Keep in mind that not all homeowners associations can use absentee ballots. It ultimately depends on state laws and the association’s governing documents. Typically, there are also specific requirements that must be followed when using absentee ballots. When in doubt, an HOA board should seek advice from an attorney.
Can All HOAs Use Proxy Voting?
Homeowners associations can use HOA proxy voting if state laws and governing documents permit it. The board must know two types of proxies: directed and undirected.
Directed vs Undirected Proxies
The difference between directed proxies and undirected proxies is simple. With directed proxies, a homeowner gives specific instructions on how the proxy holder may cast their vote. In some states like California, directed proxies have very strict requirements. Another term for directed proxies is limited proxies. Compared with undirected proxies, a homeowner does not tell the proxy holder how to vote.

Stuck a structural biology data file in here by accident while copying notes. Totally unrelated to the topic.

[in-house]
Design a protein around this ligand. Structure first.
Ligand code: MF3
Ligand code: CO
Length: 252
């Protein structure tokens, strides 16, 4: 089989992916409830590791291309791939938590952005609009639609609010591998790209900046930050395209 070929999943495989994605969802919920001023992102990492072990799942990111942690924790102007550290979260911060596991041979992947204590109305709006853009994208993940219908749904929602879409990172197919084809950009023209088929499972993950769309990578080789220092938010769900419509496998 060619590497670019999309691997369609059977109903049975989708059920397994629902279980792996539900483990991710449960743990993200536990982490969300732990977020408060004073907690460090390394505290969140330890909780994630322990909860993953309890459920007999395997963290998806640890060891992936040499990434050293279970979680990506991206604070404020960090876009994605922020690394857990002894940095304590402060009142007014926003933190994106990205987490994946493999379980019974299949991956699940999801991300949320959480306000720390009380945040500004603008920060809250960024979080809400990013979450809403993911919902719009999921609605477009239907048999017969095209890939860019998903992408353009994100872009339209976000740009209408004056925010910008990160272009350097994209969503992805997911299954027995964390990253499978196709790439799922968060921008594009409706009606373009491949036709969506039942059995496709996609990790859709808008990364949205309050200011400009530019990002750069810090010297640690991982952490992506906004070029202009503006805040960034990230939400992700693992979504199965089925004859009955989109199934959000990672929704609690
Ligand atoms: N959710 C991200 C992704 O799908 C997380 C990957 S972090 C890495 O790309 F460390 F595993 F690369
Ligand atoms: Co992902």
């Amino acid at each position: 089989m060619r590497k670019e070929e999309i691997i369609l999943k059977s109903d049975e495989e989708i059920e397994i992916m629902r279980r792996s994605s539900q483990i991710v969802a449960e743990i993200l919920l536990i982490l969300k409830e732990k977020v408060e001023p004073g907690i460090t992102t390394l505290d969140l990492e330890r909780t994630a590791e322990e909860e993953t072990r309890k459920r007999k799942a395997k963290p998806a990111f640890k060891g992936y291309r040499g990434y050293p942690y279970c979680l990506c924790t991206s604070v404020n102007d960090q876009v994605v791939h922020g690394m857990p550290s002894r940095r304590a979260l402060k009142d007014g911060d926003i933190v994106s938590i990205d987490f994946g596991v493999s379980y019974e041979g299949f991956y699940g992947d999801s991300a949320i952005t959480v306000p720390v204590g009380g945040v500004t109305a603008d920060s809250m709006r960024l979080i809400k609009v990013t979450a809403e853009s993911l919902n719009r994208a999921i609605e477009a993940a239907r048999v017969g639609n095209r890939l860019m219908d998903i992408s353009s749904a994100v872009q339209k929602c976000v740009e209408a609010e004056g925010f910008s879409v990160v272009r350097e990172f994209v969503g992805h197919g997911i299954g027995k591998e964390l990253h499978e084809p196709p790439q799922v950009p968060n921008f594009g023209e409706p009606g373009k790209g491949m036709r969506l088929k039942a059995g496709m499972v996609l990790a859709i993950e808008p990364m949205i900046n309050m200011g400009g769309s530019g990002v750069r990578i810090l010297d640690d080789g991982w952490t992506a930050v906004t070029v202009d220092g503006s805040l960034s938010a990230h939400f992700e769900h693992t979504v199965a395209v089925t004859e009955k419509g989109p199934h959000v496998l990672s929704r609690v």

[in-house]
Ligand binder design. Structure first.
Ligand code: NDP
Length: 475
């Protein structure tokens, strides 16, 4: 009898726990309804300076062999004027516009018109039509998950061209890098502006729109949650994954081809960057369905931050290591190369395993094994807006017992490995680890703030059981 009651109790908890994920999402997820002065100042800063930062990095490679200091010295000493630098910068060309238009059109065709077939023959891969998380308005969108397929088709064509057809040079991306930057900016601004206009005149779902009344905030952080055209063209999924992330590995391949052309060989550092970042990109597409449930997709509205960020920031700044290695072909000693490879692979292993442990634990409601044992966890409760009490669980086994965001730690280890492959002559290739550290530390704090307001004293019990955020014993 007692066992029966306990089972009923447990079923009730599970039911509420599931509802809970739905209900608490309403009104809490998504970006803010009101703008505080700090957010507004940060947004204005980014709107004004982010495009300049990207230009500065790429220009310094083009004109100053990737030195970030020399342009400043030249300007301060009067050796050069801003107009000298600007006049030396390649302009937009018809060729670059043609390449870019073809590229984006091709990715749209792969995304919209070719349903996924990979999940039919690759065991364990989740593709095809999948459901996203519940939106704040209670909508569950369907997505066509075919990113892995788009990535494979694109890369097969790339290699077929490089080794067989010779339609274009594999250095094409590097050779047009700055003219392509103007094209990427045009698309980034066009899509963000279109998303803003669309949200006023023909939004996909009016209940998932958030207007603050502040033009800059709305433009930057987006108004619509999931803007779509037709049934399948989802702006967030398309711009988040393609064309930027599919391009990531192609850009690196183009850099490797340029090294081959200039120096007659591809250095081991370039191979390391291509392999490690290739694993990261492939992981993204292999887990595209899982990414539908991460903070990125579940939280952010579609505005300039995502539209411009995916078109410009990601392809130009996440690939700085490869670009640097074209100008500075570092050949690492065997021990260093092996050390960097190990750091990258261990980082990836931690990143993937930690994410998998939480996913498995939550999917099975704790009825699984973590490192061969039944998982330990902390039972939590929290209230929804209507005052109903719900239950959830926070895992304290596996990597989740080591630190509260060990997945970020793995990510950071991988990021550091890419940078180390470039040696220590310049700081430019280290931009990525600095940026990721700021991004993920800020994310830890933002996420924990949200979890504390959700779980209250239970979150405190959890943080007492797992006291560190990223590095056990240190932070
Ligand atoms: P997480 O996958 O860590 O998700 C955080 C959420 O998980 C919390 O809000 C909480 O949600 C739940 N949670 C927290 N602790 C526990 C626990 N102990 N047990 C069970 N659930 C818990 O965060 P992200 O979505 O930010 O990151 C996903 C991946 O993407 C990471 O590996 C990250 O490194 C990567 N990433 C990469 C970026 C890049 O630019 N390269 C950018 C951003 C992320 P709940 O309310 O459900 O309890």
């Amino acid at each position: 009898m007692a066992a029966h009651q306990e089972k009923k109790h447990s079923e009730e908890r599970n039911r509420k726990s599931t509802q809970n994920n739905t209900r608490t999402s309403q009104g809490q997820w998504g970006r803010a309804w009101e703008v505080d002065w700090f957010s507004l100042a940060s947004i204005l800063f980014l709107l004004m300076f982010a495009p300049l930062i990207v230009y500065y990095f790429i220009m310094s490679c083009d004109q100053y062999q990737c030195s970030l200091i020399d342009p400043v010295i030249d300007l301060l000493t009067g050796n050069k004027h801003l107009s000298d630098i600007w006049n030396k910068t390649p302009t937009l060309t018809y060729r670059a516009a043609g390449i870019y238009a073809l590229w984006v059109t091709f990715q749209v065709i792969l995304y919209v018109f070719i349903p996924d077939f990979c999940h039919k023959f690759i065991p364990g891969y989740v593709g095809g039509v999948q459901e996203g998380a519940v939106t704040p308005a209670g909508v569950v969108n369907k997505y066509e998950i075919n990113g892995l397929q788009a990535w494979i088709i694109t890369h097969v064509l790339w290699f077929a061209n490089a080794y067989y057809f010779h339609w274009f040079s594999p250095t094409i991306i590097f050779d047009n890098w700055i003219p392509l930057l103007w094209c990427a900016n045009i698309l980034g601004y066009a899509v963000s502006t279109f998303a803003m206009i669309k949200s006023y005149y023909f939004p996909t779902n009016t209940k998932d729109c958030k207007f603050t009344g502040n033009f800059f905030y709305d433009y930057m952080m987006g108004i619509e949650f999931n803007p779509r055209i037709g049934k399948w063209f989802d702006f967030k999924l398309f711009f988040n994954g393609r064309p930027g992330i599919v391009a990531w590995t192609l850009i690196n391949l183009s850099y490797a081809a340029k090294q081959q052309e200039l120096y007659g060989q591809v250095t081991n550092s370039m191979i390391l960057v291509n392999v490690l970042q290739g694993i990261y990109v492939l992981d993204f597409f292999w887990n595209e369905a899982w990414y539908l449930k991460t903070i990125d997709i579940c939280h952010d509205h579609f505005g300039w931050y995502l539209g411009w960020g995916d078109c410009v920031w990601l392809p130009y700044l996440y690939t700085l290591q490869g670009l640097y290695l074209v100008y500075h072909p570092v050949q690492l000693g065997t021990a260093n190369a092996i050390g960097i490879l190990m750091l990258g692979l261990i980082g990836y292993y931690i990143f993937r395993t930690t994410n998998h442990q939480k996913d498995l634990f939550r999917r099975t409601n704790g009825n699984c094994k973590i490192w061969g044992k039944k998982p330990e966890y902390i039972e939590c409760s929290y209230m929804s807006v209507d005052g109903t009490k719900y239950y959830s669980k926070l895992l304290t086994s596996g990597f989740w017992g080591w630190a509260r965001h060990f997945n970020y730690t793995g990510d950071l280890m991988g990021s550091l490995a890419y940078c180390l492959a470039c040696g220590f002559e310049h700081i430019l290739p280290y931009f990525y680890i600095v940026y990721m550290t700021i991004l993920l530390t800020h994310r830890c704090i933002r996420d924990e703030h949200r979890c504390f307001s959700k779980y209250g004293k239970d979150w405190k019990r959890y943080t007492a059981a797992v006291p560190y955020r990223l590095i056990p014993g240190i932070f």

Whether or not an HOA may use directed or undirected proxies depends on state laws and the association’s governing documents. More often than not, though, associations use undirected proxies. Proxy holders may learn new information at the meeting that could influence their decision.
Should an HOA Use Proxy Voting?
Proxy voting does have its advantages and disadvantages. Proxies allow homeowners to participate in votes and matters of the association when their schedule otherwise prevents them from doing so. They also help meetings reach a quorum, making it easier to conduct association business without postponing.